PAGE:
TECHNICAL FIELD OF THE INVENTION
The present application is a continuation of U.S. Ser. No. 10/052,104 filed Jan. 16, 2002, entitled Methods and Apparatuses for Tuning Voltage Controlled Oscillators.
- BACKGROUND OF THE INVENTION
The present invention relates generally to digital wireless communication, and more specifically to frequency modulation using a voltage-controlled oscillator (VCO).
The proliferation of digital wireless communication systems has led to a need for reliable modulation circuitry. Phase-locked loop (PLL) circuits are attractive in modulation applications due to their combination of controllable modulation and stable and adjustable carrier frequency.
As known in the art, a VCO can be used to effect Gaussian-shaped Continuous Phase Binary Frequency Shift Keying Modulation (GCPBFSK) in which the modulating wave shifts the output frequencies, away from the center frequency, by an amount between predetermined values. The predetermined values, i.e., two different frequencies representing zero and one, are called modulation deviation and are denoted by f0 and f1 respectively. The frequencies, f0 and f1 are typically equal. For example, for a wireless standard having 79 channels in a frequency range of 2402 MHz-2480 MHz with each channel separated by 1 MHz, the center frequencies may be equal to 2402 MHz+nMHz (n=0 to 78). The f0 may range within some negative values (e.g., from −140 KHz to −175 Khz) and f1 may range within a corresponding positive values (e.g. from 140 KHz to 175 KHz), in respect to the center frequency.
In order to keep frequencies f0 and f1 within their specific range, the voltage to the VCO must be controlled very carefully. Typical VCO gain (KVCO) may be on the order of 100 MHz/V-200 MHz/V. Typical VCOs may be operated from 0.6 v to 2.2 v, but actually only the linear range (1.0 v-1.8 v) can be used for this application, otherwise non-linear distortion will result.
For a wide frequency range (2402 MHz-2480 MHz), it is difficult to maintain a linear frequency response. The oscillation frequency of a VCO circuit is inversely proportional to the square root of the product of the inductance and capacitance (LC). It is possible to divide a large frequency range into segments to obtain a piecewise linear response over each segment. This can be achieved by using a set of switch-able capacitors, varactors (whose capacitance is voltage-controllable) and inductors. Often a larger frequency range is divided to account for the tolerance values of integrated capacitors and inductors that may run as high as 30%. Each segment is then covered by a specific capacitor's combination.
The voltage-frequency characteristics of a VCO vary from chip to chip. Therefore to obtain the appropriate modulation characteristics, the voltage to the VCO must be controlled depending on the characteristics of the chip. A typical PLL circuit in accordance with the prior art includes a charge pump, which acts as a current source. The charge pump consists of a set of current sources. The appropriate current source is chosen, based on the VCO voltage-frequency characteristics, to charge the capacitors of the LPF and thus controls the voltage to the VCO.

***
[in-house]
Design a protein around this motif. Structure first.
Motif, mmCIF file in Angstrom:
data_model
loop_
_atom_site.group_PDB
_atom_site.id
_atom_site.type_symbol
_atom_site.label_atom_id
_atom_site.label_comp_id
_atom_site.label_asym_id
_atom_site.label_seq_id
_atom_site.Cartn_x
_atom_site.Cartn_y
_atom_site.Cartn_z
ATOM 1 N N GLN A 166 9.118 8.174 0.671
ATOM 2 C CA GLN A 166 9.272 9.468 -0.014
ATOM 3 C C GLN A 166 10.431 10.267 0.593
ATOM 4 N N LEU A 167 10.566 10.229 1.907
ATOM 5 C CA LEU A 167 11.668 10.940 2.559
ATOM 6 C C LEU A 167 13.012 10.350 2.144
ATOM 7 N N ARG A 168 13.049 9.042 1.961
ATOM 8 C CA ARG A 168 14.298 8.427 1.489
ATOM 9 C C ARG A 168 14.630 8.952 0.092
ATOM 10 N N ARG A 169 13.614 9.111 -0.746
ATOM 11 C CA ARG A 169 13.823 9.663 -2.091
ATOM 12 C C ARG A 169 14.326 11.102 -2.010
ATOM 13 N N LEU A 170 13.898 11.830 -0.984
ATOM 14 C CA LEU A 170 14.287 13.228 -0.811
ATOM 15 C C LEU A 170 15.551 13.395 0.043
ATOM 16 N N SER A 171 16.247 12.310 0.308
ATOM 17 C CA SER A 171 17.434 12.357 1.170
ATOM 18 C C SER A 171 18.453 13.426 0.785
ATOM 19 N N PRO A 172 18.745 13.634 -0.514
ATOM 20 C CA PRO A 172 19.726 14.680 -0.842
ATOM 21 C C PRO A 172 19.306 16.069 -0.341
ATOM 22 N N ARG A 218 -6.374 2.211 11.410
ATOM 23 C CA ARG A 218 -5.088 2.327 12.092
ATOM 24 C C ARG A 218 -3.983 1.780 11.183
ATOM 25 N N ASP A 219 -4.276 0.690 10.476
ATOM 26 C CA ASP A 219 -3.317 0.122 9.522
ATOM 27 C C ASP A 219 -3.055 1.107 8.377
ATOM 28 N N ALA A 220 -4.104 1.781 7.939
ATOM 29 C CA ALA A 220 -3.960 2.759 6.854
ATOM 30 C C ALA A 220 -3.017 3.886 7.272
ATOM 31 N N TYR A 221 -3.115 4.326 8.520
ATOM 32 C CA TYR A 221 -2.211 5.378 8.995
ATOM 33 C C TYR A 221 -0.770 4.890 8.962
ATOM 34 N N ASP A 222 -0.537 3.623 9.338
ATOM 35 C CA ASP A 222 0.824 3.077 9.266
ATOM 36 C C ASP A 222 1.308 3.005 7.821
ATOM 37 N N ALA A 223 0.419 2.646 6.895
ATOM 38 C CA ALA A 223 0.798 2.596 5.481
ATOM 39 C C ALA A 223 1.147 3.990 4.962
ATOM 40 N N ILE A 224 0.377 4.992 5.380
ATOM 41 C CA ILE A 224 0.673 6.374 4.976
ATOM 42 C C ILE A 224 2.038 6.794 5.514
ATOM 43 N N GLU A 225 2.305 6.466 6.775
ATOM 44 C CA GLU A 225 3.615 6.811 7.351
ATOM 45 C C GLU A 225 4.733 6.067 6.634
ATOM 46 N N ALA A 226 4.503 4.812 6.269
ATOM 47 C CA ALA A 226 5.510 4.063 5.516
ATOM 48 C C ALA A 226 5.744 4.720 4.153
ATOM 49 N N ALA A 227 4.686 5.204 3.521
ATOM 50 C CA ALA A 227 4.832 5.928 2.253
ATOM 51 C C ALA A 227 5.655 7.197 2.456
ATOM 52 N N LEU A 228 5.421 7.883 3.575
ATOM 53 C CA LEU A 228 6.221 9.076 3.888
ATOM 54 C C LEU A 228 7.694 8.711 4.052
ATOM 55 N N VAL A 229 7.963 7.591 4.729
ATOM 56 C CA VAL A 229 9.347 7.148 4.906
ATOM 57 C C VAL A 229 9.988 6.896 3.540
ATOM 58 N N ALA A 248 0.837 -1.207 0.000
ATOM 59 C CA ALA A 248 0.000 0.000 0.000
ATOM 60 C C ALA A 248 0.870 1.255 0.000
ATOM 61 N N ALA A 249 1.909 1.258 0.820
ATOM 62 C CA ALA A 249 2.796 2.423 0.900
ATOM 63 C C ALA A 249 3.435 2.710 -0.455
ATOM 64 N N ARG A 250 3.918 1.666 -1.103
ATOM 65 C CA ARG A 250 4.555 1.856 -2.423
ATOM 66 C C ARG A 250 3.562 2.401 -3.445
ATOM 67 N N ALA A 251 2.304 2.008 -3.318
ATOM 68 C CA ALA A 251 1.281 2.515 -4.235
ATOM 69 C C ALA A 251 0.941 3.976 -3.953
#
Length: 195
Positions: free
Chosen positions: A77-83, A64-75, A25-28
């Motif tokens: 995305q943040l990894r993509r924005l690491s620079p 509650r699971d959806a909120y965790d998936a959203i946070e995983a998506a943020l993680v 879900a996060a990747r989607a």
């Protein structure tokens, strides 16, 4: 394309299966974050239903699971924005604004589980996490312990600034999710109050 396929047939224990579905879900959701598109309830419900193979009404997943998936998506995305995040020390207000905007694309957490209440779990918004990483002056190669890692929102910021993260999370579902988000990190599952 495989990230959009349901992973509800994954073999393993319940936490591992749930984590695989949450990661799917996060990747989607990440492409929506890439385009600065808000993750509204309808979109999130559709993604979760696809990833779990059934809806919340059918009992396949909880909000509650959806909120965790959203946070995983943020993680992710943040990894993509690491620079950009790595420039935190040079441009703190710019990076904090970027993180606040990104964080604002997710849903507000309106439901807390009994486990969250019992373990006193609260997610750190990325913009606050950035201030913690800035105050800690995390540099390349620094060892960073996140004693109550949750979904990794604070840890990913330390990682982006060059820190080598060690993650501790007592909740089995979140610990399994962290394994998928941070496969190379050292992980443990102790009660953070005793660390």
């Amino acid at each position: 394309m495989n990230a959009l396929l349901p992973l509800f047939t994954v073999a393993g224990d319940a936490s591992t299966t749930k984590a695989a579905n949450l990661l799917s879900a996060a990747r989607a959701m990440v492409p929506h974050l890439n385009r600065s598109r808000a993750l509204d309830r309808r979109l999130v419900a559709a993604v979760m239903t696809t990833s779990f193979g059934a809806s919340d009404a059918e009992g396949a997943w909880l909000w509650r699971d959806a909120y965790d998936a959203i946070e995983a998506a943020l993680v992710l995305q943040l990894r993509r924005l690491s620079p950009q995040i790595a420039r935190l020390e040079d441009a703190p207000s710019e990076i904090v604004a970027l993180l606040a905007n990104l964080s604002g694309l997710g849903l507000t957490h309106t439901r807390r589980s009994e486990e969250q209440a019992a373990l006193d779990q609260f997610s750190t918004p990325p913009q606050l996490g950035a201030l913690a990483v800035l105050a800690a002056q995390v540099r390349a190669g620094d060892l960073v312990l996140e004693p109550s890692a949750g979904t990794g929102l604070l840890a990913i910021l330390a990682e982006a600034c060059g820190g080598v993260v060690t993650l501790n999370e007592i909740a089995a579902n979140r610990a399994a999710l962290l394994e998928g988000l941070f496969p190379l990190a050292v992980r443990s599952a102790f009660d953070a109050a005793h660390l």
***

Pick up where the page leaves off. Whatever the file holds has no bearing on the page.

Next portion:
- SUMMARY OF THE INVENTION
The difficulty arises in determining the VCO capacitance value (i.e. the capacitors' combination) and charge pump current value to provide the desired modulation deviation for each channel.
A method for setting the VCO circuit capacitance value and charge pump current level is described. To set the capacitance value, the operation frequency range is divided into a plurality of frequency bands. Then the frequency of a voltage-controlled oscillator (VCO) for each combination of capacitance values and lowest/highest control voltage levels is measured. A capacitance value for each frequency band is then selected such that the frequency band is between the lowest frequency (corresponding to the lowest voltage level) and highest frequency (corresponding to the highest control voltage).
To set the charge pump current level, a representative frequency is determined for each frequency band. Then VCO gain at the representative frequency is estimated and the charge pump current level for each frequency band is selected based upon the estimated VCO gain.
BRIEF DESCRIPTION OF THE FIGURES
Other features and advantages of the present invention will be apparent from the accompanying drawings, and from the detailed description, that follows below.
The present invention is illustrated by way of example, and not limitation, by the figures of the accompanying drawings in which like references indicate similar elements and in which:
FIG. 1 illustrates a typical PLL circuit in accordance with the present invention;
FIG. 2 illustrates a VCO circuit in accordance with the present invention;
FIG. 3 is a process flow diagram in accordance with the present invention;